Karl Solano is a lifelong Chicagoan with a penchant for philosophy, travel, people, basketball, art...pretty much all that life has to offer. Very big on self-improvement and learning from others, he is growing in his craft every single day. Karl is a fan of the Cubs, the Bulls, the beach, green tea, jeep wranglers and nutella crepes.
I’m a full-time UX Designer during the day and I manage that amongst a plethora of other things in my life. UX stands for “User Experience,” and my position entails user research, digital product development, information architecture, visual design, usability and most importantly people. It's a rewarding job because I pretty much dictate how successful I am, involving plenty of critical thinking and creativity. I aspire to run my own design agency...or company of some sort. If there's one thing I know for certain, it's that life gives you the WHAT...not exactly the HOW. The “how” part works itself out.. but we'd have to dive deeper if we want to get into that. If you haven't noticed by now, I also have a fascination with philosophy and different ideologies BUT my first loves were my guitar and basketball. Before I got into photography, my main creative outlet was making music. I played guitar in a band for roughly 7 years and decided to call it quits after a decent run. After playing the Warped Tour and local venues such as the Metro and Subterranean, I thought it was time to leave music in the hobby department. Since reaching full height as an adult, I sadly realized that making the NBA wouldn't make the cut either. But however way you want to put it, I was meant to be involved in creative endeavors.
I’ve been shooting seriously since 2015. However, I initially purchased a camera in November 2011 for a study abroad program. I was scheduled to fly to Africa to study birds and their surrounding environments as part of research for my degree. There was no way for me to document my research or memories so I ordered my first DSLR prior to leaving. At that point I was more excited to take pictures of a safari adventure, lions, and the African sunset. The trip was eventually cancelled because of political strife and adversity (it was an election year in Kenya) so I was left with a camera BUT no African adventure.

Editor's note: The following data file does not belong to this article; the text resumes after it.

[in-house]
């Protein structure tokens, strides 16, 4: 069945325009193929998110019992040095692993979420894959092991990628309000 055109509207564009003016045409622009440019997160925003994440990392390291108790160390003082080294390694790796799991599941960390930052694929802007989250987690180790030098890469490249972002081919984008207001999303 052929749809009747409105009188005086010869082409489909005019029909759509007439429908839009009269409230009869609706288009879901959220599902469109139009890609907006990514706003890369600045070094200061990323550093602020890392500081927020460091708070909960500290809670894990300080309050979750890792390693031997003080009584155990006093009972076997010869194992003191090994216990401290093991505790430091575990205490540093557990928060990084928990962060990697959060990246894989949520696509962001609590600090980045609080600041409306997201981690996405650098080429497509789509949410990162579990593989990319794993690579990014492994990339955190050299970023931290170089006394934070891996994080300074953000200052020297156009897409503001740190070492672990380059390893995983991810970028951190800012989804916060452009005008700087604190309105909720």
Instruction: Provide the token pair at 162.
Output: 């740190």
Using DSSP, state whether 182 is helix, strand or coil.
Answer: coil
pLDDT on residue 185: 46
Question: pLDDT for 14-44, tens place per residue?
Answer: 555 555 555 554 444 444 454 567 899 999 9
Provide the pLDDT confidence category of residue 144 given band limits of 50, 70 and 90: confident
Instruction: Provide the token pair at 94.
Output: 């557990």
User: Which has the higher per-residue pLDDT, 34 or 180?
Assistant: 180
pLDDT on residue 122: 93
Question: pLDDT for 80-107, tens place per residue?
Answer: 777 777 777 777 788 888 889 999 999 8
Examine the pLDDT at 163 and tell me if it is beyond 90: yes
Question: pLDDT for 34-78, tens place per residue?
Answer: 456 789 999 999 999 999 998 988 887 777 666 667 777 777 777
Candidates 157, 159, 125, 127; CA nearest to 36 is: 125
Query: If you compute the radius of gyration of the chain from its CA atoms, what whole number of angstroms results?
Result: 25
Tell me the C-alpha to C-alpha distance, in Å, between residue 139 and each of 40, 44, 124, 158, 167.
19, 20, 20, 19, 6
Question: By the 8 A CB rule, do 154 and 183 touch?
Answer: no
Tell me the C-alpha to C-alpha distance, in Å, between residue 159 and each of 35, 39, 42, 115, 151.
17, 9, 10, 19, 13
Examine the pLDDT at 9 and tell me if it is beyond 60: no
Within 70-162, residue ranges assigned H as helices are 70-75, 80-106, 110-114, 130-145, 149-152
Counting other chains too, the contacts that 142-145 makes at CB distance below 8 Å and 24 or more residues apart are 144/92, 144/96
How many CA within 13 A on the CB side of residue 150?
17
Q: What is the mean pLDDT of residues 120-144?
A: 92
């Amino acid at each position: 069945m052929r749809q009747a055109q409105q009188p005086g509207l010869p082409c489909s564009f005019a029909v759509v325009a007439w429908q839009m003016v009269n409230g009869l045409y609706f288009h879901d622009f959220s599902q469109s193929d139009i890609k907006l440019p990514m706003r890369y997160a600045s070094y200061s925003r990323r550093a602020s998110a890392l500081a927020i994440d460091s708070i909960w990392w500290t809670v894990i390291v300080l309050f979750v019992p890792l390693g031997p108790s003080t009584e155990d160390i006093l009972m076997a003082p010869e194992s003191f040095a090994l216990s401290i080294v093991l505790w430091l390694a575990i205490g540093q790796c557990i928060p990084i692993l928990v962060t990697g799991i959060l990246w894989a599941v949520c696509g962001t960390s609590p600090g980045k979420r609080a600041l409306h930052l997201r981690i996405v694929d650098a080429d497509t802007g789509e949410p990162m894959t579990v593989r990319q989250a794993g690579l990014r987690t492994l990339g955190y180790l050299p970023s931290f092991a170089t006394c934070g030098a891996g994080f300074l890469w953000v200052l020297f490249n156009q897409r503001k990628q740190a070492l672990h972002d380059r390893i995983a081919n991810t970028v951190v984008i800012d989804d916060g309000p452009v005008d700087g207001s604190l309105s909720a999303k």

I ended up documenting videos for the band I was a part of at the time and it evolved into a fun hobby. I then took a PhotoShop class a few years later to supplement my job as a restaurant manager. I was responsible for taking pictures of new dishes for the menu as well as material for the Instagram I started for the business at the time. I watched YouTube tutorials for hours on end, supplementing my videography work as well. I watched skateboarding documentaries a lot as a teen so I was either taking photos or video footage wherever I went. My insatiable thirst for adventure and exploration led me to street photography. I'd walk around with only a 50mm to random neighborhoods trying to capture the essence of the environments and moments I thought were so cool when other people documented them.
Now that I was behind the lens, I was starting to value my experiences and how I looked at things even more. Ever since my creative renaissance, (I always thought I'd be making music for the rest of my life) I started playing around with different editing styles and unique perspectives. Once I discovered the Instagram scene, I knew I had to step it up to progress the way I wanted to and produce the aesthetic I was inspired by.